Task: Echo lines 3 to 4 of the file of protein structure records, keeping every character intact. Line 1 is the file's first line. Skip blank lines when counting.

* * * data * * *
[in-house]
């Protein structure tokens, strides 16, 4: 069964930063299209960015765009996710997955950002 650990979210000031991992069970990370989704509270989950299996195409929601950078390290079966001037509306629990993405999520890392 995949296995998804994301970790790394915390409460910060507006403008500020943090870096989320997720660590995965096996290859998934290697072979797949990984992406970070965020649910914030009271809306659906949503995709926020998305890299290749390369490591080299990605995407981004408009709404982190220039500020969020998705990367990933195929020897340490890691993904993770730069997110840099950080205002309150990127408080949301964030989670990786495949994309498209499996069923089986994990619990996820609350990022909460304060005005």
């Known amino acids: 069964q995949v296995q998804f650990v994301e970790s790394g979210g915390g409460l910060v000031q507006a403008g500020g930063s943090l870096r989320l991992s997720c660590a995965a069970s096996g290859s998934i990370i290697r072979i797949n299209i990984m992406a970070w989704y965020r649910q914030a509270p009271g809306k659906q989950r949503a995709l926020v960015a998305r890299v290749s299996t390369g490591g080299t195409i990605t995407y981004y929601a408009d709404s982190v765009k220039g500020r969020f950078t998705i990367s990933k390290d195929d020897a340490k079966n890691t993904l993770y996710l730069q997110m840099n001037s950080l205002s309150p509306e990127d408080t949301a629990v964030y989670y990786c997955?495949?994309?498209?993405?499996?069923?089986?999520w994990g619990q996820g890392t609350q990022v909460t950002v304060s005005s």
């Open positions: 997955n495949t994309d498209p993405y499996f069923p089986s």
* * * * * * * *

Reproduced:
């Known amino acids: 069964q995949v296995q998804f650990v994301e970790s790394g979210g915390g409460l910060v000031q507006a403008g500020g930063s943090l870096r989320l991992s997720c660590a995965a069970s096996g290859s998934i990370i290697r072979i797949n299209i990984m992406a970070w989704y965020r649910q914030a509270p009271g809306k659906q989950r949503a995709l926020v960015a998305r890299v290749s299996t390369g490591g080299t195409i990605t995407y981004y929601a408009d709404s982190v765009k220039g500020r969020f950078t998705i990367s990933k390290d195929d020897a340490k079966n890691t993904l993770y996710l730069q997110m840099n001037s950080l205002s309150p509306e990127d408080t949301a629990v964030y989670y990786c997955?495949?994309?498209?993405?499996?069923?089986?999520w994990g619990q996820g890392t609350q990022v909460t950002v304060s005005s």
């Open positions: 997955n495949t994309d498209p993405y499996f069923p089986s």